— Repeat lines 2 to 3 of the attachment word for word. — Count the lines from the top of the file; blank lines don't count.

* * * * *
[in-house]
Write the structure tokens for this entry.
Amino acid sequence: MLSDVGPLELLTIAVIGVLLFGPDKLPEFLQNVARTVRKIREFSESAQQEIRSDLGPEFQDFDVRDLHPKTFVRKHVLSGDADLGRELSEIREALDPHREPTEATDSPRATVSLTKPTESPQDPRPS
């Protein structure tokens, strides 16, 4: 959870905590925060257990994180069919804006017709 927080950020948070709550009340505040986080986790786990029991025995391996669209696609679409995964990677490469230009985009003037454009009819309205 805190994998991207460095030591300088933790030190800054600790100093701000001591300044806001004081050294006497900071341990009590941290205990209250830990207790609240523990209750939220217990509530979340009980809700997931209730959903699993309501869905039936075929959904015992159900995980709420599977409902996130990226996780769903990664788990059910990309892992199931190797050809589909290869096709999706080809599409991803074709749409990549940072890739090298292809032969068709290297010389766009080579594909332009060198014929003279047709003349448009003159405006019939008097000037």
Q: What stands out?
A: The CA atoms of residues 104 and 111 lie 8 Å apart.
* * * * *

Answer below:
Write the structure tokens for this entry.
Amino acid sequence: MLSDVGPLELLTIAVIGVLLFGPDKLPEFLQNVARTVRKIREFSESAQQEIRSDLGPEFQDFDVRDLHPKTFVRKHVLSGDADLGRELSEIREALDPHREPTEATDSPRATVSLTKPTESPQDPRPS